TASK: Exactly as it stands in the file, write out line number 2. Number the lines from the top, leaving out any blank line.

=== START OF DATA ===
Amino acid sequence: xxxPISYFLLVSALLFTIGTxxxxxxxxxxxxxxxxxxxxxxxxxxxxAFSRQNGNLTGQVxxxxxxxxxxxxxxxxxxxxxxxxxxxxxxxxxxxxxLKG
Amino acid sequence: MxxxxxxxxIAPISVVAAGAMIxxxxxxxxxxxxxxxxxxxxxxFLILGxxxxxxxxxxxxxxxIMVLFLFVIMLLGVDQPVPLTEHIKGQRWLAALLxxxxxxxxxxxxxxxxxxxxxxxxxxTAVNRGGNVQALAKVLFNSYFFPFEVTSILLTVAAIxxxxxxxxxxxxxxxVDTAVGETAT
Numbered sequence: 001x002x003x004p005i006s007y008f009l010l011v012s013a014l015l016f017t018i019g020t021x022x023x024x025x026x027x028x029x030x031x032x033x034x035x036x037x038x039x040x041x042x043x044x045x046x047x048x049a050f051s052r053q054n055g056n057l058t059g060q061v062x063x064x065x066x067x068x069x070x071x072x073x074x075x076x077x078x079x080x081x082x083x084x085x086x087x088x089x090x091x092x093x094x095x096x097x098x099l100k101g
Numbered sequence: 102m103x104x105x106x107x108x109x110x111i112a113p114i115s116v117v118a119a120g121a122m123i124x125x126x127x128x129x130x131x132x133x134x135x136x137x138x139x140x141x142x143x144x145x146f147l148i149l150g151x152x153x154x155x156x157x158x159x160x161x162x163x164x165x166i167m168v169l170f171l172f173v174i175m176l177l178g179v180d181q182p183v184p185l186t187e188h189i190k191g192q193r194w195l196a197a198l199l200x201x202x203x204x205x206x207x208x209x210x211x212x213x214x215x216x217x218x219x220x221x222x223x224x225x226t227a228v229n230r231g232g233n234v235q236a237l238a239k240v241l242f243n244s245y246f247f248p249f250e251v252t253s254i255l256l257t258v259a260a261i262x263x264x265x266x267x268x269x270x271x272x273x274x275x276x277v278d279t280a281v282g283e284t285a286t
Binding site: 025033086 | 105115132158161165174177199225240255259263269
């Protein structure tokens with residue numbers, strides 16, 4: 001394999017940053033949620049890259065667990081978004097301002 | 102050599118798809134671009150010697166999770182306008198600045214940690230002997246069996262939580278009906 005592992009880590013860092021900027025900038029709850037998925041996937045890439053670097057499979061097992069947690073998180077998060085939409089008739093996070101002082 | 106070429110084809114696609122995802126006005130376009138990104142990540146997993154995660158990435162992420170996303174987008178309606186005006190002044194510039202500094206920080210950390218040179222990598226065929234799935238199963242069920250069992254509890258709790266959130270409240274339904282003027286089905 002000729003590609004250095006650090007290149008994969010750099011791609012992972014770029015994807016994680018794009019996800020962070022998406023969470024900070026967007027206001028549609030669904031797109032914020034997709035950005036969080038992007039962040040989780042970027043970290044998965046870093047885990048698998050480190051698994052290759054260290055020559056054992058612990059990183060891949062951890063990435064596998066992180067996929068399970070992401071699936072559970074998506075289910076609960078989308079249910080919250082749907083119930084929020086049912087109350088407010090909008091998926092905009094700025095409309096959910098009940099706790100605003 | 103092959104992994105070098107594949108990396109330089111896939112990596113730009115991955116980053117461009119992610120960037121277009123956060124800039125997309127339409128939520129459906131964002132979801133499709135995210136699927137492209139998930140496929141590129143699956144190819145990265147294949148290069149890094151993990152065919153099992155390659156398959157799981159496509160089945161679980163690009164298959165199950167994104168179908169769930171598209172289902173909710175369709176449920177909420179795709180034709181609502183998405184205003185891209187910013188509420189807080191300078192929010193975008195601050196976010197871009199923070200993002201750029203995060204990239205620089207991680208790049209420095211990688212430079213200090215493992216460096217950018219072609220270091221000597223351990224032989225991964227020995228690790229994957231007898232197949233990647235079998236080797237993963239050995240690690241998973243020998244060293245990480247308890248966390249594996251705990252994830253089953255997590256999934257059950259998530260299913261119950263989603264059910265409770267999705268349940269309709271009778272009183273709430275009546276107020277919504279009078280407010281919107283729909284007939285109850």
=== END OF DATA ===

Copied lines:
Amino acid sequence: MxxxxxxxxIAPISVVAAGAMIxxxxxxxxxxxxxxxxxxxxxxFLILGxxxxxxxxxxxxxxxIMVLFLFVIMLLGVDQPVPLTEHIKGQRWLAALLxxxxxxxxxxxxxxxxxxxxxxxxxxTAVNRGGNVQALAKVLFNSYFFPFEVTSILLTVAAIxxxxxxxxxxxxxxxVDTAVGETAT